Kids learn by experience at Jamestown Bay Camp
"I like it because it's fun and I'm learning a lot," said Jamestowner John Chamberlain, 8, about the Jamestown Bay Camp summer program for children from first to fourth grade. "We get to go in the water and explore the beaches for crabs, fish, snails and other stuff," he added.
"And I like it because I learned a new way to play tag," said Libby Hemp, also 8, a Jamestown summer resident from Boston.
And that's what the Jamestown Bay Camp is all about - learning, exploring, playing games, and having fun. The camp is made possible through collaboration between Save The Bay, the Jamestown Education Foundation, and the Jamestown Community Fund in cooperation with the Jamestown recreation department. Children can attend for $50 for four once-a-week classes.
The primary focus of learning is on Narragansett Bay and its many habitats, hosting a variety of wildlife. Attendees learn about the delicate environment and ecological issues facing the creatures as well as human inhabitants of the watershed, Rhode Island's most important natural resource.
The first of the two sessions of the 2006 program ran the entire month of July. The second will run throughout August. The minimum number of children supervised by two instructors per class is 10 and the maximum is 25.
Save The Bay Director of Education Russell Hirschler, designed the camp programs to elevate the awareness and educate children about the importance of the ecology, biology, and history of the bay as well as the complex issues affecting its survival. "If all works as planned, we will inspire children to care and want to save the bay," Hirschler said. "Our children are the future of our most valuable resource," he added.
Miriam Krause, a Save The Bay environmental educator explained the activities for the August 1 class of the second summer session at Fort Getty. "Today we'll explore four habitats in the
area, the rocky and sandy beaches, an eel grass bed, and a salt marsh," she said. "The kids will find sea stars and mussels on the rocky beaches, and hermit crabs and periwinkles on the sandy beaches. In the eel grass beds baby fish, scallops and other critters are in abundance. Avariety of water fowl, crabs and fish reside in the salt marsh," she said. She continued to say that "the kids will explore the habitats, see what lives there, and draw pictures of what they saw. That helps them to better remember their experience." Krause, 24, has a degree in
childhood education from the University of Indiana, Pennsylvania. She studied the environment and ecology through education programs at Save the Bay.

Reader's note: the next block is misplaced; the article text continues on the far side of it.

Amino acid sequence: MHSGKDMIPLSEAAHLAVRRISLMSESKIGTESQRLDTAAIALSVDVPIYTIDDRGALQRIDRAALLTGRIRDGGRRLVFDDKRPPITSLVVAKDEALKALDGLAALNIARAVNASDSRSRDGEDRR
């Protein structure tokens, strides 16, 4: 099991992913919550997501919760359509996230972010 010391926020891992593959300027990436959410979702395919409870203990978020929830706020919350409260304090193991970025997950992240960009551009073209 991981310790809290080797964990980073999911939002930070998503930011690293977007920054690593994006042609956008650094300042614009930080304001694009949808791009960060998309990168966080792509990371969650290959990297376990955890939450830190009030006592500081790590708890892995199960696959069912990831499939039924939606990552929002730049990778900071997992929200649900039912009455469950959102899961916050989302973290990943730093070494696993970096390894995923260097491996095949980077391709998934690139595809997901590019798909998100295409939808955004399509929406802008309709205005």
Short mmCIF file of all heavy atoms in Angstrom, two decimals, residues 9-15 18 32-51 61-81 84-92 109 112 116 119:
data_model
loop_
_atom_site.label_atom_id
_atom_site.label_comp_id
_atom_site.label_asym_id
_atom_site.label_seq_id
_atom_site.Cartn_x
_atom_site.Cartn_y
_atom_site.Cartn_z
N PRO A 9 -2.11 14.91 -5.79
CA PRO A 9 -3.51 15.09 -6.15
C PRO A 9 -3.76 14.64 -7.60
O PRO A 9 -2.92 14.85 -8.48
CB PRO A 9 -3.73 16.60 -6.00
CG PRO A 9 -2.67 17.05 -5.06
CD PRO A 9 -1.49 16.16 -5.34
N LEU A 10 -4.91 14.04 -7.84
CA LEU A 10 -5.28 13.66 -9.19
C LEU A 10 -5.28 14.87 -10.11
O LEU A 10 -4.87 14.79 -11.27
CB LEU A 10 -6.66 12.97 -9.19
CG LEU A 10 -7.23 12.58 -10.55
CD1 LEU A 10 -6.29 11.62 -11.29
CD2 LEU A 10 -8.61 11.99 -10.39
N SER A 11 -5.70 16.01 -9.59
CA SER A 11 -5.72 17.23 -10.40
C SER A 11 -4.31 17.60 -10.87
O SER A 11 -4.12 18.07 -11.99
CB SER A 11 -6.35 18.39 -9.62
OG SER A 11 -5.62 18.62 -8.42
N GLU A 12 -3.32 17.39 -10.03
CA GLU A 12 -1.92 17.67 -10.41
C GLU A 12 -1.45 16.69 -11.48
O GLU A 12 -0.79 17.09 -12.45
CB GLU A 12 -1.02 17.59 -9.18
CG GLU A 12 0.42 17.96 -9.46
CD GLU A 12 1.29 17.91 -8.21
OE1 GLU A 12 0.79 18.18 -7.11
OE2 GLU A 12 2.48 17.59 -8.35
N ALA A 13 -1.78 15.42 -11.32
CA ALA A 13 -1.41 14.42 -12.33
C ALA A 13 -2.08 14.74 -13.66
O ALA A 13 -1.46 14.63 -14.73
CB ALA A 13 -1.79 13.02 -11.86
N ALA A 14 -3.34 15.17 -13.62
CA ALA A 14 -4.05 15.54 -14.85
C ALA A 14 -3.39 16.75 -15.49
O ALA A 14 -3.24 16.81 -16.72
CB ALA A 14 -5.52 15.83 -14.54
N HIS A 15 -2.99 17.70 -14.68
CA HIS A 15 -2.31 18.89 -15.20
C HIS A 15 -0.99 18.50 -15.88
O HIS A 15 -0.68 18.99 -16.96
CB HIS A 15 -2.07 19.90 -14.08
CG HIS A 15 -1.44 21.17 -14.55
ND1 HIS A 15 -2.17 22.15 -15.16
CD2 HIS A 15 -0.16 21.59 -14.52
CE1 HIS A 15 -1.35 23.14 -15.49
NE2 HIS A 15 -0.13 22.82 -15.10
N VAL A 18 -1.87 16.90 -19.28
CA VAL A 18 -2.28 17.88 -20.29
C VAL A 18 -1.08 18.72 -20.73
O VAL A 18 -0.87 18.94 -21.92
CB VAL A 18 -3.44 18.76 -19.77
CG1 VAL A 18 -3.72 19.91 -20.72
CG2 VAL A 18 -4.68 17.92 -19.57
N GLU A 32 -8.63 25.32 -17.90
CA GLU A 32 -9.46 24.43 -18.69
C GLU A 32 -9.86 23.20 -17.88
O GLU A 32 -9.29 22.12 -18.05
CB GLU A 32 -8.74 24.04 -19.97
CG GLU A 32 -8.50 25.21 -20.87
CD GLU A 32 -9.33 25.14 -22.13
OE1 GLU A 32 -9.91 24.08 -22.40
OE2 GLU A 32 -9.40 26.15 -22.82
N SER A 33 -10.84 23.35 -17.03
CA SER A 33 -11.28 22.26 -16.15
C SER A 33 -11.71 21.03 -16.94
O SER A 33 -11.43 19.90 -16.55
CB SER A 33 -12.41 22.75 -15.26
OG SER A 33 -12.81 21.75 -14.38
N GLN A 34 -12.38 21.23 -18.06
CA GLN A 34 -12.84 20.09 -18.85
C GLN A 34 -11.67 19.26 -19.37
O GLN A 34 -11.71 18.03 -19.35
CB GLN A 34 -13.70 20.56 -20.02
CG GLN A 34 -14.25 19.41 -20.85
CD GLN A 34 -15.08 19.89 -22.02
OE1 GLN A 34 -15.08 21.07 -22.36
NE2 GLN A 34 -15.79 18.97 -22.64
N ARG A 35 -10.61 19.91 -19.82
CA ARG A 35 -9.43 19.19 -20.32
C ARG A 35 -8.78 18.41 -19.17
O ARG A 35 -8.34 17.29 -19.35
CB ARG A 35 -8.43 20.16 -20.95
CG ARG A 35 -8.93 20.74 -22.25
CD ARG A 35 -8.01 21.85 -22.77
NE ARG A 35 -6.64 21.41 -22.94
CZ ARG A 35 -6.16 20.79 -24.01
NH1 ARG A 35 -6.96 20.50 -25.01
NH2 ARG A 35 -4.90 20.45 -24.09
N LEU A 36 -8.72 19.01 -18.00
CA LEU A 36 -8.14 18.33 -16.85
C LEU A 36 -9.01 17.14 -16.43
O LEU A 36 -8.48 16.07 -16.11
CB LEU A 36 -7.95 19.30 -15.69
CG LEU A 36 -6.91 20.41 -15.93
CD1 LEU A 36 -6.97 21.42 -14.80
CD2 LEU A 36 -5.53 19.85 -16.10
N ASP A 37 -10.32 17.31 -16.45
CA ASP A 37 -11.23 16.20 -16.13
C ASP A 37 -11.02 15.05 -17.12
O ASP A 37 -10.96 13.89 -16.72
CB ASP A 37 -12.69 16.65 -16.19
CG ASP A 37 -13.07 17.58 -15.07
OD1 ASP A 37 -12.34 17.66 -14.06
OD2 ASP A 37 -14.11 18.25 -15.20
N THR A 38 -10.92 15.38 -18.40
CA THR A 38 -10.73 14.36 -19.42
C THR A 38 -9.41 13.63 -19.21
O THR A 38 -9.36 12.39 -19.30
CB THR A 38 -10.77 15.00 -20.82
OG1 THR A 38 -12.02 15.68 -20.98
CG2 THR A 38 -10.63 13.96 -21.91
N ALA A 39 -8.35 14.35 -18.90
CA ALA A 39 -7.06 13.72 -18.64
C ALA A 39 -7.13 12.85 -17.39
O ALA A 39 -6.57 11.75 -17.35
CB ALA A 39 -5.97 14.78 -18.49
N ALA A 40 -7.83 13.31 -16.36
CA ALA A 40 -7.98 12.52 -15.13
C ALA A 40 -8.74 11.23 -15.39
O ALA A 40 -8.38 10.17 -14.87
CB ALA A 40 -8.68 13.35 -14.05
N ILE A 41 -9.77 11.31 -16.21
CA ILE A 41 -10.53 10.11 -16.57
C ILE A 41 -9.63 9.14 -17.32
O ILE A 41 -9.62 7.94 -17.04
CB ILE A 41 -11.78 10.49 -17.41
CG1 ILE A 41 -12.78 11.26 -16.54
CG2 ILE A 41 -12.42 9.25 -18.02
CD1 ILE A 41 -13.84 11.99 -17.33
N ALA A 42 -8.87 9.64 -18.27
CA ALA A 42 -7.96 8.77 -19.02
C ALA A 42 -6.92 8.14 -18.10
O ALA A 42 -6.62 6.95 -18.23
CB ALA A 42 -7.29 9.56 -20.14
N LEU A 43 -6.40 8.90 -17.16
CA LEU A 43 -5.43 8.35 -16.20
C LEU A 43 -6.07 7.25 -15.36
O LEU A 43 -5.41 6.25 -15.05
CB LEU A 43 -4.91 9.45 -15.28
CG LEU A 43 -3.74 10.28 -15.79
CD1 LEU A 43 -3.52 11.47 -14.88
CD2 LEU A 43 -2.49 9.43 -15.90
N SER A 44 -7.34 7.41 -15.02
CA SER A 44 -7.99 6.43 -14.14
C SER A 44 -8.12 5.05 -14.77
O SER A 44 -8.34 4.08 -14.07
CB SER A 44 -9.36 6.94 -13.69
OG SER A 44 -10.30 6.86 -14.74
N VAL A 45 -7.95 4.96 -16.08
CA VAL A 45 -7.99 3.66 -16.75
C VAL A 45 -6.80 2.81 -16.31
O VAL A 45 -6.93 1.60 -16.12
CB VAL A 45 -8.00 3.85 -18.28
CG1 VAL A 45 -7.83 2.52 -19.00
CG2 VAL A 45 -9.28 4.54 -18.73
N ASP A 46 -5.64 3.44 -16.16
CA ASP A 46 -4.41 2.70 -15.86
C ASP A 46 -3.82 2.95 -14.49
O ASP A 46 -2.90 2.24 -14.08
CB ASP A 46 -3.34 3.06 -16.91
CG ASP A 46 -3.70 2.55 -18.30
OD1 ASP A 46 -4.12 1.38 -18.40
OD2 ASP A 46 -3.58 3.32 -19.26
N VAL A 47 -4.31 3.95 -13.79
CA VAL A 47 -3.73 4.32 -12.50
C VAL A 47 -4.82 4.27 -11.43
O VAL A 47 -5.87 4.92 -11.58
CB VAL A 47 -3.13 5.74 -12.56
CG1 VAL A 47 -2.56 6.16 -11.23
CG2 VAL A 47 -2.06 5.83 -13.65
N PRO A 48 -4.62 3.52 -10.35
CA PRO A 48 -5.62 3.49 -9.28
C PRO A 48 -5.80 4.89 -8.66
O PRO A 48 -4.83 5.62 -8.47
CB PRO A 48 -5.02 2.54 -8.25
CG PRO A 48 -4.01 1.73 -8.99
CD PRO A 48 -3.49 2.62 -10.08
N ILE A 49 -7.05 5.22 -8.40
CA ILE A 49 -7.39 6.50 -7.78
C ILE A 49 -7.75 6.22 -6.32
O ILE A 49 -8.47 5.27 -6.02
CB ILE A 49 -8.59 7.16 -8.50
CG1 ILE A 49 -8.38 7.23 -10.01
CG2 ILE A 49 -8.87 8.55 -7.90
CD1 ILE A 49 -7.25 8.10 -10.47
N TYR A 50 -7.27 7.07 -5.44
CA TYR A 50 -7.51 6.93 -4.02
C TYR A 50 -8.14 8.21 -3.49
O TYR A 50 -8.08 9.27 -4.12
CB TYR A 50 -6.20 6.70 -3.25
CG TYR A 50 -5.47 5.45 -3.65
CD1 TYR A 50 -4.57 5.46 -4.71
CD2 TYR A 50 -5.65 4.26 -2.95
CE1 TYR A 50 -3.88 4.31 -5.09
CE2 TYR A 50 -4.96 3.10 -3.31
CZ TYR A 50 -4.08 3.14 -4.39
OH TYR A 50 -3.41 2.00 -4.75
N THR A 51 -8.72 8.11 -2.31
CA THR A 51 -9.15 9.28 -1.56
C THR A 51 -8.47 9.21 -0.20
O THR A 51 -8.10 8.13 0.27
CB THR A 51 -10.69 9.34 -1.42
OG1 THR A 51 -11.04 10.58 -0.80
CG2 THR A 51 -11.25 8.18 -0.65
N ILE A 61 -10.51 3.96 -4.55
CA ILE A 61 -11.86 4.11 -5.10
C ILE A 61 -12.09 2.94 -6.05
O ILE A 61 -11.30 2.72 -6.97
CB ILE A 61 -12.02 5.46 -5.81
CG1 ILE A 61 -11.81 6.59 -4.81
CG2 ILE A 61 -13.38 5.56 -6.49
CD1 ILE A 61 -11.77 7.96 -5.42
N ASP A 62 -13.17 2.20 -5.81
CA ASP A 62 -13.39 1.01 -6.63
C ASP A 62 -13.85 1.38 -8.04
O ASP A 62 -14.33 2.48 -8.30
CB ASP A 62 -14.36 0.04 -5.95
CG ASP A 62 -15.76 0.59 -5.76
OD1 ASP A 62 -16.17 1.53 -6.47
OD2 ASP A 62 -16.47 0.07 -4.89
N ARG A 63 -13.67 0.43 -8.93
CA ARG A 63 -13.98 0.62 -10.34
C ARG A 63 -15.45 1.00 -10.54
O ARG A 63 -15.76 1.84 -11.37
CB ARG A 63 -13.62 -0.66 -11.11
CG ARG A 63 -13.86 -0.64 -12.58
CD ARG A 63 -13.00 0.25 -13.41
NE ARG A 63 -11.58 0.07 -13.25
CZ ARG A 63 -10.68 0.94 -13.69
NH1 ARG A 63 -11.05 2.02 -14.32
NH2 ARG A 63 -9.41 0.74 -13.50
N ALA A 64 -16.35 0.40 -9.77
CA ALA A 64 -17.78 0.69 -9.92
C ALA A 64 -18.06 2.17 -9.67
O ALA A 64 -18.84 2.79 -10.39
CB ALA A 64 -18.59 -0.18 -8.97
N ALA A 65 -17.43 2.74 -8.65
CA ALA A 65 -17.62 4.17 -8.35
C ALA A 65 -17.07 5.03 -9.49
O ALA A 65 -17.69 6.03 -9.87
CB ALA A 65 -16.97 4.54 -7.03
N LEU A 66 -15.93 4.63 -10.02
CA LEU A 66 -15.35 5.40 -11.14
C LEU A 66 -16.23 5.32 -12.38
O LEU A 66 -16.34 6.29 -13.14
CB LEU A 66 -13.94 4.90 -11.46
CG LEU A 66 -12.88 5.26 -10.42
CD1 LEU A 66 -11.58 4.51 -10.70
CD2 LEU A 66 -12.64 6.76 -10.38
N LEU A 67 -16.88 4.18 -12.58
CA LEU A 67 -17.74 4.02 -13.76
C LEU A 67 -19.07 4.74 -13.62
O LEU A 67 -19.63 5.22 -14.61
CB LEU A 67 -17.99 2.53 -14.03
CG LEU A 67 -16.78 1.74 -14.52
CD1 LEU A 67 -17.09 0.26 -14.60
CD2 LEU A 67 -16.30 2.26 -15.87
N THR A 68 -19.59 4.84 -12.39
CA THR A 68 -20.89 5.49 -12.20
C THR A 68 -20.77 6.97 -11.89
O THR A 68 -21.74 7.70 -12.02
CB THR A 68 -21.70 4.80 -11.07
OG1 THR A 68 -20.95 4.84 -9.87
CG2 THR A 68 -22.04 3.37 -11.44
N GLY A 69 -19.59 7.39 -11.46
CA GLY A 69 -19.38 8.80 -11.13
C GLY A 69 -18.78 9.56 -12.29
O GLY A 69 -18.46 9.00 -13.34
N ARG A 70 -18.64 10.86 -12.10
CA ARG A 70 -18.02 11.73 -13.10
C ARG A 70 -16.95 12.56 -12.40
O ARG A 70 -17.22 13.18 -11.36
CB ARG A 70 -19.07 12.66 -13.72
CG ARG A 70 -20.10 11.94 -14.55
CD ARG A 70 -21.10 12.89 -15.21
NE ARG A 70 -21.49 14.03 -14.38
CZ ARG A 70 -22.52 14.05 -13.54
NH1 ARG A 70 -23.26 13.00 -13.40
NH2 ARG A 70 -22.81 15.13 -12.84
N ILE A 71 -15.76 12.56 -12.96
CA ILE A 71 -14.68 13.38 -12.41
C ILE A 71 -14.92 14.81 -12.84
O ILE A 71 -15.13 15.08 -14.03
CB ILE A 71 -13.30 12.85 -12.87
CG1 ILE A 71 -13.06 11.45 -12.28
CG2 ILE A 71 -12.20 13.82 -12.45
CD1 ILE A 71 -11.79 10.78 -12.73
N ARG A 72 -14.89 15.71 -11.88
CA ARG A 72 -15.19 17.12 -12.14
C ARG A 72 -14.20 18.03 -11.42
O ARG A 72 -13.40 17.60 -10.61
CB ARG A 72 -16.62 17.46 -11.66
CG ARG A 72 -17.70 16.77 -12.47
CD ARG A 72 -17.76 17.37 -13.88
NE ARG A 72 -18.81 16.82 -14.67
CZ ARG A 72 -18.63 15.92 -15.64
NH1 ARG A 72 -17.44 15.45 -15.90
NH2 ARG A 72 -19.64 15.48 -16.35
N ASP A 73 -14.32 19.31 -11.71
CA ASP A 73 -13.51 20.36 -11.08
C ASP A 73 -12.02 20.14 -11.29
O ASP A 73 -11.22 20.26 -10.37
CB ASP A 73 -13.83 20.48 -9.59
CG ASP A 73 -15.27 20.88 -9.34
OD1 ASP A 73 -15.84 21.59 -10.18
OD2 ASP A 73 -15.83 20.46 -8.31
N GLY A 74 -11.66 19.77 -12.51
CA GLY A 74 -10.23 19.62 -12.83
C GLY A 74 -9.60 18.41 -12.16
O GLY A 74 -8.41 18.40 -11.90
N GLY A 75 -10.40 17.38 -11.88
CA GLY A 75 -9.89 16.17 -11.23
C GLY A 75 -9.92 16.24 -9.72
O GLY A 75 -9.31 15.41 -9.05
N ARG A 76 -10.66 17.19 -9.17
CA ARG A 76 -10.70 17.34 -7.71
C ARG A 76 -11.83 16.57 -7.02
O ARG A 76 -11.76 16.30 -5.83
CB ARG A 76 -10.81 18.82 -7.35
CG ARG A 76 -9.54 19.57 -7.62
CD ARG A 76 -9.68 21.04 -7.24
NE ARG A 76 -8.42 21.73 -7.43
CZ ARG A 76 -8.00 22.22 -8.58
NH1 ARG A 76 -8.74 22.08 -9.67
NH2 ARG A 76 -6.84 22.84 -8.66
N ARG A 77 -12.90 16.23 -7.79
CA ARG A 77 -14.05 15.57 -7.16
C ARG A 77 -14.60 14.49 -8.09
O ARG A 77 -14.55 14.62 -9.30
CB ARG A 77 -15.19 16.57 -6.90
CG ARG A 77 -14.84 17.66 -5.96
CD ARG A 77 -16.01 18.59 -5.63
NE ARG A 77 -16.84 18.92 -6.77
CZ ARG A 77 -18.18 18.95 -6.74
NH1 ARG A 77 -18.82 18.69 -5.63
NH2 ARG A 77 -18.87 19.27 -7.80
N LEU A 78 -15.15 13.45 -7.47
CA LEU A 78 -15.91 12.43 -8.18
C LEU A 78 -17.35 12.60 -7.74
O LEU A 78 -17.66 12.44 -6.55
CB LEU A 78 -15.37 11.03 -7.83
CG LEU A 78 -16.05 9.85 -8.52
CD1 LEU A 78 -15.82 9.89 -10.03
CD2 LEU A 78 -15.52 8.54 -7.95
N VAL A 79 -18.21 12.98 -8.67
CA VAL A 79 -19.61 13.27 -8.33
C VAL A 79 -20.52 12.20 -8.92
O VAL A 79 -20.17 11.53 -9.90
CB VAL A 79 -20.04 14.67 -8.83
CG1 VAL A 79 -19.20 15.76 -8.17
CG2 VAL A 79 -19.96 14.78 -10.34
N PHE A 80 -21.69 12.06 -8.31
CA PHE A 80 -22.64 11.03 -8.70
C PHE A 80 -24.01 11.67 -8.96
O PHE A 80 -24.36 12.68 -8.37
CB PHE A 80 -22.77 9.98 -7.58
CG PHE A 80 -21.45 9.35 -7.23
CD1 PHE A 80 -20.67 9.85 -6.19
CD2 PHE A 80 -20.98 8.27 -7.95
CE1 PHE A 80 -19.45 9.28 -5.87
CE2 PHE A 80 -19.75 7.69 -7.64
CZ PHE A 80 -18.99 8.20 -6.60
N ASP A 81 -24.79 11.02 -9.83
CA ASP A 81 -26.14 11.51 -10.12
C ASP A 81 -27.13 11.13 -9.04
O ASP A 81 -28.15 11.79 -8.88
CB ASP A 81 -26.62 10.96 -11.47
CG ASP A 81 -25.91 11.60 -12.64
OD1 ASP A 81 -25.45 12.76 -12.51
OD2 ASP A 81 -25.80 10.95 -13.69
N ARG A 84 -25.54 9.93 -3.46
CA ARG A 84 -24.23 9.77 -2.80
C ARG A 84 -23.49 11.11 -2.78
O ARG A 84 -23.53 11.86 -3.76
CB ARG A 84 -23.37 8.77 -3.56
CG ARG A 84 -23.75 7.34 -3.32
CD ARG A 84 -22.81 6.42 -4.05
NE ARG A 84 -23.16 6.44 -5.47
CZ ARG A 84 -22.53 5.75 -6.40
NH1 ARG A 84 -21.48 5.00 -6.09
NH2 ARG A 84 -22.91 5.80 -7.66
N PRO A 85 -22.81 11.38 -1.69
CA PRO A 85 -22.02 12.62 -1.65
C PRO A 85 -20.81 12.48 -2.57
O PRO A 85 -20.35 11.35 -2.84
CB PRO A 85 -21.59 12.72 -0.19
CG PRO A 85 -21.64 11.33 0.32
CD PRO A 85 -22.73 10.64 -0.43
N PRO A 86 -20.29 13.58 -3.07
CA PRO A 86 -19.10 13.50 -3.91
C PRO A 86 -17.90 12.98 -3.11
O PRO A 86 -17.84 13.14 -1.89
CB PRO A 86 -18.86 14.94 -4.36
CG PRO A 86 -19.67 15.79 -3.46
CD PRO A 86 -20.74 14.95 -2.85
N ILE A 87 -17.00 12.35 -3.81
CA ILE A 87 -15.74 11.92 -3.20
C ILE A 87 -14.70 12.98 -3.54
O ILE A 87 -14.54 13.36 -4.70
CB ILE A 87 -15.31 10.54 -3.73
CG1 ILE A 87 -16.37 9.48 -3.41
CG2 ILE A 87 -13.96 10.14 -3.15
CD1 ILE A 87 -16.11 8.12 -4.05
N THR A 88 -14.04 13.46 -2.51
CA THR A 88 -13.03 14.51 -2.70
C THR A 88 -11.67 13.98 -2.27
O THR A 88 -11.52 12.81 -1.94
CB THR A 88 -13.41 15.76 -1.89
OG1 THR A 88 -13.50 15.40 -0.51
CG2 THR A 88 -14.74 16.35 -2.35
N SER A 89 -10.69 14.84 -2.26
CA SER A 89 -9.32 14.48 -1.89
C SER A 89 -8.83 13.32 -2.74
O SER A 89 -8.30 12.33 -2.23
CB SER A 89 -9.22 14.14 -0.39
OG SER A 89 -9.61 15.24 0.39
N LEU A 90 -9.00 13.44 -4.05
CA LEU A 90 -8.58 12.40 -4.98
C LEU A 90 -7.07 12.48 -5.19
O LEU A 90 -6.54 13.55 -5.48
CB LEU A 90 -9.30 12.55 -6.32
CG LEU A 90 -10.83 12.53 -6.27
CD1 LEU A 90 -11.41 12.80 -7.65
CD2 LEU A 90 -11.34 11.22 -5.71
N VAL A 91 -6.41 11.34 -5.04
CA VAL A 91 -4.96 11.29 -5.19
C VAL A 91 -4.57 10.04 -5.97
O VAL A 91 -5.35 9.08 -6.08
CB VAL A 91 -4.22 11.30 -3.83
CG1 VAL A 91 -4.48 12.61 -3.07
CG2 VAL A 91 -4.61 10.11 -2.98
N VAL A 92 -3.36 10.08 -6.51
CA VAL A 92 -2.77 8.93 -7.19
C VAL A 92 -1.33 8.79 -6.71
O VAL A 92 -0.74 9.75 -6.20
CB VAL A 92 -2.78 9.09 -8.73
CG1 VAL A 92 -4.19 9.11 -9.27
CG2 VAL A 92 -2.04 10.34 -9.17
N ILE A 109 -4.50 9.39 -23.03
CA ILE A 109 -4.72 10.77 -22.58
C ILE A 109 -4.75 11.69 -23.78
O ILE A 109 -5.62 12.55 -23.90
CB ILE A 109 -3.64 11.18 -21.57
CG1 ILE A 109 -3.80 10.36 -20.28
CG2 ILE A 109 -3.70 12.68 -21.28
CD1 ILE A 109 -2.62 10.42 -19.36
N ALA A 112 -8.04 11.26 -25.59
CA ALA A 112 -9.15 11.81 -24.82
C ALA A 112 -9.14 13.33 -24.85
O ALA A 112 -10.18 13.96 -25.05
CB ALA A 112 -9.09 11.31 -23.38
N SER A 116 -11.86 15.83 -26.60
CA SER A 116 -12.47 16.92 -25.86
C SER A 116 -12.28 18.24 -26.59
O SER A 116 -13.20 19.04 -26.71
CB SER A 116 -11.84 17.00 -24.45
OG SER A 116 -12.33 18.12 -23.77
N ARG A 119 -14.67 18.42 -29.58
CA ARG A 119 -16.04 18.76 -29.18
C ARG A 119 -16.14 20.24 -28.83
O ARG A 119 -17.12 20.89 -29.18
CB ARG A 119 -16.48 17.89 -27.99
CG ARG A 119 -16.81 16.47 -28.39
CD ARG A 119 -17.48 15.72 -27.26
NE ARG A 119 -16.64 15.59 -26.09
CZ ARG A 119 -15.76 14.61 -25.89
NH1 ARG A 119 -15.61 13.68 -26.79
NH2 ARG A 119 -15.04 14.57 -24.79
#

Tom Driscoll, the other instructor for the first class of the session said, "doing things first hand is very important. It's so much better than learning information from books. The kids have the opportunity to see live animals in their natural environment. They learn through self-discovery. They see, they touch, they interact. As teachers, we often ask more questions than we answer. We help the children figure things out for themselves. The Socratic method of teaching gives them a real sense of accomplishment, and they enjoy the many challenges of understanding the wildlife and habitats they have never seen before. The program clearly demonstrates the difference between a hands-on learning experience and a classroom where they are given second-hand information," he said.
Driscoll, 21, is a senior at Vassar College, where he is earning degrees in history and secondary education. He learned about the environment from his father, who is a science teacher, and from the education staff at Save The Bay.
The Aug. 8 class will study interesting invertebrates, by observing and collecting specimens. The students will study how they differ from vertebrates.
The Aug. 15 class will focus on birds of the bay. The students will use binoculars to "spy" on the birds of Fort Getty.
The Aug. 22 and final class of the second summer session will feature eelgrass exploration. From plankton to scallops and crabs, students will learn what and who lives in an eelgrass bed.
The mission of Save The Bay is to ensure that the environmental quality of Narragansett Bay and its watershed is restored and protected from the harmful effects of human activity. Save The Bay seeks carefully planned use of the bay and its watershed to allow the natural system to function normally and healthfully, both now and for the future.